Bridget Jones: Mad About the Boy – Helen Fielding
Regular readers will know that I (Jack) tend to read more non-fiction than fiction, but I do make exceptions. So when ‘Bridget Jones: Mad About the Boy’ slid into the shop, I made one of these exceptions.
My introduction to ‘Bridge’ was through the movies of the first two books in Fielding’s series, which led to me reading them as well. And enjoying them.
This latest addition is very much in the same style as the previous ones and I agree with many reviewers that Fielding really does have a knack for capturing a place and a life-style. The life-style is that of engaging and fashionable 30 to 40 year olds and the place is modern day London.
My problem is that I’ve always hated London – actually, I’m not that keen on any big cities, but London is right at the bottom of places where I’d like to live! So it’s meant as a compliment that I’ve enjoyed all the ‘Bridge’ books despite their setting.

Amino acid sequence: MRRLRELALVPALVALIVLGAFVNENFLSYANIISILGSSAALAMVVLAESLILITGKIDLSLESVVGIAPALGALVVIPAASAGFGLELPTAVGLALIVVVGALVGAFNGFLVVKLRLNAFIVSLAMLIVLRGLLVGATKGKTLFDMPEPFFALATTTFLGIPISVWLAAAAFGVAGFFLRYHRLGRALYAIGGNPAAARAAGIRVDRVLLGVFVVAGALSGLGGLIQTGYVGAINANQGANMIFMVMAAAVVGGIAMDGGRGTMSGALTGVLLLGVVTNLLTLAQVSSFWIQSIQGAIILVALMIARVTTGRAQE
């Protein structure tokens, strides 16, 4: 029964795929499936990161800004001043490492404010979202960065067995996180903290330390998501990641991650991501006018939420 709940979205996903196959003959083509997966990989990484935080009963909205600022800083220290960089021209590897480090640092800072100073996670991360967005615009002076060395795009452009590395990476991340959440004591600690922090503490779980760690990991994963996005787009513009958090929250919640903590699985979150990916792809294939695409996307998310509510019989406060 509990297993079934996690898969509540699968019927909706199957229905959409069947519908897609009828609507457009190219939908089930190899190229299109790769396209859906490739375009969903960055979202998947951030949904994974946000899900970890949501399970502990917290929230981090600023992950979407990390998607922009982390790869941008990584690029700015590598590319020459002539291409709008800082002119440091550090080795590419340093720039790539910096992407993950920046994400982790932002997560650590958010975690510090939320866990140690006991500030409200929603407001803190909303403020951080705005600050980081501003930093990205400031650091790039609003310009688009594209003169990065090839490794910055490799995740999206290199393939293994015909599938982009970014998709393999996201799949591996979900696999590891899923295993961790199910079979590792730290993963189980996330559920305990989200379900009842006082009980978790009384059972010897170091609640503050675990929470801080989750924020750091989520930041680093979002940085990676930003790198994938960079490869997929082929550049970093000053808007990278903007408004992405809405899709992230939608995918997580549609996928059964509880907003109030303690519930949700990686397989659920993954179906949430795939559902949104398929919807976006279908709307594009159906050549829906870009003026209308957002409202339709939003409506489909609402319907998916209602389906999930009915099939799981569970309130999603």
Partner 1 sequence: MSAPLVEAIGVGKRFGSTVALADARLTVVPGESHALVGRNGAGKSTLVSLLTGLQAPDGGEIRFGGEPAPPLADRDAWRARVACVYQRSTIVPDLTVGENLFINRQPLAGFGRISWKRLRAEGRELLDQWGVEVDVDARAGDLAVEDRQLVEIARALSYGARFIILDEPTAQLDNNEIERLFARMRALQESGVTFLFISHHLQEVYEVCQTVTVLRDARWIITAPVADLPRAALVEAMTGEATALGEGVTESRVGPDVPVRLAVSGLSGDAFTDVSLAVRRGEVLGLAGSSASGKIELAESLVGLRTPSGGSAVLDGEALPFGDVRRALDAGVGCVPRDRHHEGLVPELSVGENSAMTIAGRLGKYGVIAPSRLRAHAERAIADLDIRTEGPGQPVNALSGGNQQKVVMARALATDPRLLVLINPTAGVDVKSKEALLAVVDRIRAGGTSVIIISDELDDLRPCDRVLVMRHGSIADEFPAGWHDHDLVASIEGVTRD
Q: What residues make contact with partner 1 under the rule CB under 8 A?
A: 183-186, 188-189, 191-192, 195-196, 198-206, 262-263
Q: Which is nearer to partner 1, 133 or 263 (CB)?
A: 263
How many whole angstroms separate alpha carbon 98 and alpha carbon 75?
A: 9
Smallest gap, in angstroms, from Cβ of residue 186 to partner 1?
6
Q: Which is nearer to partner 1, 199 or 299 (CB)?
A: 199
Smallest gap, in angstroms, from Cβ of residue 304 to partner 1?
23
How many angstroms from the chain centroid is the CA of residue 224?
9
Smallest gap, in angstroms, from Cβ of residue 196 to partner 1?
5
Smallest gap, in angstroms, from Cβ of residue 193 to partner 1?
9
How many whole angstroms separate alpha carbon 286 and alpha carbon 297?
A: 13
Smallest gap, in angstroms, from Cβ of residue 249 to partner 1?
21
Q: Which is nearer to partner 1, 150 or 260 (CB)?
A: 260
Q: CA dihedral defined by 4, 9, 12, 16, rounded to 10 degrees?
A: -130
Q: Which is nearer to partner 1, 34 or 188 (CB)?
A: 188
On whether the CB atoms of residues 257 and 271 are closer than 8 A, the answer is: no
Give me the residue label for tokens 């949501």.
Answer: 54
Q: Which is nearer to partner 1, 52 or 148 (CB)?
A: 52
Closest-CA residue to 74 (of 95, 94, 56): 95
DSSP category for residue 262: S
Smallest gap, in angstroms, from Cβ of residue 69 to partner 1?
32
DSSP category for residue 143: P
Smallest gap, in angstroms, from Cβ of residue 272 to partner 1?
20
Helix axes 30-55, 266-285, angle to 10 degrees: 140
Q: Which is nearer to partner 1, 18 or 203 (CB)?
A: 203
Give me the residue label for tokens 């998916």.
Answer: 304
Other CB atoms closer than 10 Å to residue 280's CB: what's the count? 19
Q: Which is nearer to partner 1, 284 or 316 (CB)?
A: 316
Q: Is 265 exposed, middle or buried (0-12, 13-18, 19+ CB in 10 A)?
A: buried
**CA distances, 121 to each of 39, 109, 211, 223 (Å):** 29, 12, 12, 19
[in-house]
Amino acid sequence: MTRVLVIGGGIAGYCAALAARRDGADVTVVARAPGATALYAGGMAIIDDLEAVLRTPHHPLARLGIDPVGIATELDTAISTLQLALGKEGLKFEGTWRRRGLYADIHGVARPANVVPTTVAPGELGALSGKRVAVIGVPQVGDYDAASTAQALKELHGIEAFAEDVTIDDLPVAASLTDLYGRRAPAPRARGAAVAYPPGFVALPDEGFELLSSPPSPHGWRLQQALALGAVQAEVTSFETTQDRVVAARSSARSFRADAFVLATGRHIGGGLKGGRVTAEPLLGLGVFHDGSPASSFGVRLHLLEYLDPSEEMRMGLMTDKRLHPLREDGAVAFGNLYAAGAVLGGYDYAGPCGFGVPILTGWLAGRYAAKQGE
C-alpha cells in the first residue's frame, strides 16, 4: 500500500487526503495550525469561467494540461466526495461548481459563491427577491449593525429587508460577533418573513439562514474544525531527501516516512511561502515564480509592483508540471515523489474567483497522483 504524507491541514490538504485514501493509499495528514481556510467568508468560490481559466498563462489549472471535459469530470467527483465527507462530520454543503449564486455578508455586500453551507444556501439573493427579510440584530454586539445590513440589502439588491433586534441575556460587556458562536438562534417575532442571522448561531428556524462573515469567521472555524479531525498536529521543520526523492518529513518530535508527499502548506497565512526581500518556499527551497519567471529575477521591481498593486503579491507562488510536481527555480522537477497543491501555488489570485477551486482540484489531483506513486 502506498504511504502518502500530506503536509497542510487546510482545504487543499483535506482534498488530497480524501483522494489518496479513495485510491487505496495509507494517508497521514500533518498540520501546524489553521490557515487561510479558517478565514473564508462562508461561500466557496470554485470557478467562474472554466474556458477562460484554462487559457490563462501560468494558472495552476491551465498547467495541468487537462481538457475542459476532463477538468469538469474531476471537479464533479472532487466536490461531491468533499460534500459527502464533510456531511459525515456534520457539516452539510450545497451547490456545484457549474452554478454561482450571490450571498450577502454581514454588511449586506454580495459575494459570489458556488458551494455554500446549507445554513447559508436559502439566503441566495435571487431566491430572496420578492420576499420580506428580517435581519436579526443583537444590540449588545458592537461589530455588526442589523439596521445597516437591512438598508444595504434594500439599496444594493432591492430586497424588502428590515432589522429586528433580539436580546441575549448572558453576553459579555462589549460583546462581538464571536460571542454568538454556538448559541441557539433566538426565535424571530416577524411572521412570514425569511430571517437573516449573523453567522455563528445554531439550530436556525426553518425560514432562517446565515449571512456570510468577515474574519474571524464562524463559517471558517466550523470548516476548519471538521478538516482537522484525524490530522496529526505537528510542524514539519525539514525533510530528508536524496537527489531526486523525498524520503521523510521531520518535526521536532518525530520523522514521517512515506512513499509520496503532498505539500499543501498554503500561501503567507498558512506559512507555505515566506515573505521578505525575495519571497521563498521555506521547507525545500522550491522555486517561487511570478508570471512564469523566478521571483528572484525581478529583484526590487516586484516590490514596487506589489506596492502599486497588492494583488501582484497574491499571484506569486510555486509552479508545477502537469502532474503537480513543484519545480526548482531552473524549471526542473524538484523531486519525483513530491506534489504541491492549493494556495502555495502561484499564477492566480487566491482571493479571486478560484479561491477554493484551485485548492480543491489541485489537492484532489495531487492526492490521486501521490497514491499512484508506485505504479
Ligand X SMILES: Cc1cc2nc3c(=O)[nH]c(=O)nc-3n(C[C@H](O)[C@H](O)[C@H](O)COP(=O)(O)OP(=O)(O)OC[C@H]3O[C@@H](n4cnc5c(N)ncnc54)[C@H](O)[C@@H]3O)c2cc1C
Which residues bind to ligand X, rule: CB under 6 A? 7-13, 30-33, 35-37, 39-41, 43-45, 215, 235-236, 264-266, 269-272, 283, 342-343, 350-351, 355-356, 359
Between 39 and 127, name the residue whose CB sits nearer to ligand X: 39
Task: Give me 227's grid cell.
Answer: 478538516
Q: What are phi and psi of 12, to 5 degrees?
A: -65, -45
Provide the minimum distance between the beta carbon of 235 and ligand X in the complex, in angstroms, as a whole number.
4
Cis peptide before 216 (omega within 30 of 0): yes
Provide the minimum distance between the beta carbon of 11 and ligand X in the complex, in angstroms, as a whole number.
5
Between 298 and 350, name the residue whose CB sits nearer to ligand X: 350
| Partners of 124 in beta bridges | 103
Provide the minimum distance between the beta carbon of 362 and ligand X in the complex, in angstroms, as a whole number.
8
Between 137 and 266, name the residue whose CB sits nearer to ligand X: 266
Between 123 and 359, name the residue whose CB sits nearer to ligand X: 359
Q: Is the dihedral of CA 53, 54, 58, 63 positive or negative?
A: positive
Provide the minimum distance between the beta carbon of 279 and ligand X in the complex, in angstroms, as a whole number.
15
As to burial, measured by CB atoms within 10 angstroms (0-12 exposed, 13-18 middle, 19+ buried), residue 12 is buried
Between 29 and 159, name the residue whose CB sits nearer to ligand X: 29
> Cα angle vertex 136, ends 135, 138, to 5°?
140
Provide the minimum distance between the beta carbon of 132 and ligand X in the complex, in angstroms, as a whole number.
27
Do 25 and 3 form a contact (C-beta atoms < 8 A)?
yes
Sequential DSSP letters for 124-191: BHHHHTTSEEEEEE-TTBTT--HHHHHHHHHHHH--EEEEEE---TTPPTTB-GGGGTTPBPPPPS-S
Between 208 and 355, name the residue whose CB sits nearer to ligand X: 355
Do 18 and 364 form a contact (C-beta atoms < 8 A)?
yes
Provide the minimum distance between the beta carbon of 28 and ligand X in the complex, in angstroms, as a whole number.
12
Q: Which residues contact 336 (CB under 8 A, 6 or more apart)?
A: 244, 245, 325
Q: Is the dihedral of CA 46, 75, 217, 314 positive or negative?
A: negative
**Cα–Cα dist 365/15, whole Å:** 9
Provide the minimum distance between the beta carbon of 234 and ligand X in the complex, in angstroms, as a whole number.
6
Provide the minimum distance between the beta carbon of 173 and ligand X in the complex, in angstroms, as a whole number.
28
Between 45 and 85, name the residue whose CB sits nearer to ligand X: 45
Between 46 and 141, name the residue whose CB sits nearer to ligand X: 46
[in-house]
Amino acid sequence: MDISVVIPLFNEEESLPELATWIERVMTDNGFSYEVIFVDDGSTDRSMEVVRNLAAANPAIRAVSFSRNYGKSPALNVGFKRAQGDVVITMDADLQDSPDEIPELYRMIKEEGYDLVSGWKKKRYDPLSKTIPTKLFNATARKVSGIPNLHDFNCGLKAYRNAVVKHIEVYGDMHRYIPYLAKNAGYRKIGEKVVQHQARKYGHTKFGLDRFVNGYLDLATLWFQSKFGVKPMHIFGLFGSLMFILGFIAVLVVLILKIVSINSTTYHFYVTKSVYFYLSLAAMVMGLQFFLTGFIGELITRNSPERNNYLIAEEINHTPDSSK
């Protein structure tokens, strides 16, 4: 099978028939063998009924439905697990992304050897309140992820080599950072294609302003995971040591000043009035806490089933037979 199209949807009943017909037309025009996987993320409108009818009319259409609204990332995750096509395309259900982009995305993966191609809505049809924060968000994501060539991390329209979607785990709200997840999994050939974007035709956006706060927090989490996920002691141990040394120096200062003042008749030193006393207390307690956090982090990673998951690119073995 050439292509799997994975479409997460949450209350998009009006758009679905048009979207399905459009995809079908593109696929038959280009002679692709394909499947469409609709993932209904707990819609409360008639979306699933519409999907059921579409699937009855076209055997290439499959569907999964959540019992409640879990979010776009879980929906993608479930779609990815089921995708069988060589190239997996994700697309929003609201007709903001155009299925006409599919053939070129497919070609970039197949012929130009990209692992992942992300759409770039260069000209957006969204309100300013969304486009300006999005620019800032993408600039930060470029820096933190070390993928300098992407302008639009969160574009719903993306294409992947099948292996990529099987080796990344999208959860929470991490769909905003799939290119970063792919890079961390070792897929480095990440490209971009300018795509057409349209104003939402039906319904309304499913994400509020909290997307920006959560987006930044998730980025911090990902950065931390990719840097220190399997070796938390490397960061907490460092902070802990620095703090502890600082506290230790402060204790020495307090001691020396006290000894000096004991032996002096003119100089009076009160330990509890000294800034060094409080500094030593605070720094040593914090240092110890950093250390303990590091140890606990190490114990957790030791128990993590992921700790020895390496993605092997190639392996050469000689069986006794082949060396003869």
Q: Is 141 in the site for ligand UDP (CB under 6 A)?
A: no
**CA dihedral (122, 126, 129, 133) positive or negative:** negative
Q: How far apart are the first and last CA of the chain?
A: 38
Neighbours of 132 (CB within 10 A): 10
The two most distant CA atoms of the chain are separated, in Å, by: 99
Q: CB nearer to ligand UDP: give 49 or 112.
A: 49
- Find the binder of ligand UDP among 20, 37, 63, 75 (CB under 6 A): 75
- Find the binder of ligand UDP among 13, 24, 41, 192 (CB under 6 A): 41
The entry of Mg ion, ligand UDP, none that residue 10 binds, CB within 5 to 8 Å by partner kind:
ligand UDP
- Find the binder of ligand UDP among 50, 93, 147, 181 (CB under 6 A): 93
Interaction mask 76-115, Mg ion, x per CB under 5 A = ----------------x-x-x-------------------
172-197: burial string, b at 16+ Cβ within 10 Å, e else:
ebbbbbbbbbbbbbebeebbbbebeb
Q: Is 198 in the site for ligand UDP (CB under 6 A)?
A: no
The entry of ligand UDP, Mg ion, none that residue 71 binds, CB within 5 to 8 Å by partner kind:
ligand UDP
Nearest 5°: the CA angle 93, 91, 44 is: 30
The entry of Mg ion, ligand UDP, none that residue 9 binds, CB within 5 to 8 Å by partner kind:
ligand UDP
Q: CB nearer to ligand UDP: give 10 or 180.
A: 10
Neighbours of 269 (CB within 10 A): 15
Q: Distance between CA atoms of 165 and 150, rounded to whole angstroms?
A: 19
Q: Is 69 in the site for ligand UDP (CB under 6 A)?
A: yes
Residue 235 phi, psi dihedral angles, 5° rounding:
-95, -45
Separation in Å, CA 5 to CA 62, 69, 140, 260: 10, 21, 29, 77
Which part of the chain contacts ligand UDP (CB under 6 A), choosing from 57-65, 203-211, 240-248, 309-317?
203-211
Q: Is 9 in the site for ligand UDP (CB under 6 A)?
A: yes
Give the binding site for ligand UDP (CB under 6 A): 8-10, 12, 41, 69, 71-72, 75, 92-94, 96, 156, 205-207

I could say the same for ‘Four Weddings and a Funeral’ as well as ‘About a Boy’ – also about the same kind of social group and in the same setting. Maybe there really is getting to be a specific genre that we need to create a special shelf for in the bookstore: Trendy 30-somethings in the Big City. We could title it ‘Cheers’ or ‘Friends’ – – –
Seriously, though – I did enjoy ‘Bridget Jones: Mad About the Boy’ as poor Bridge dealt with being a widow with two small children, the guilt of wanting a new companion, school events, life on Twitter, and the inevitable daily catastrophes. I particularly liked Fielding’s cheeky inclusion of Bridge’s negotiations with a movie company over her updating of ‘Hedda Gabbler’ by Anton Checkov (yes – Gabbler with two ‘B’s and, yes, Anton Checkov!). Fielding’s writing is just short of madcap, and paints word pictures one can’t forget.
Two glasses of sparking Evian Water up for ‘Bridget Jones: Mad About the Boy!’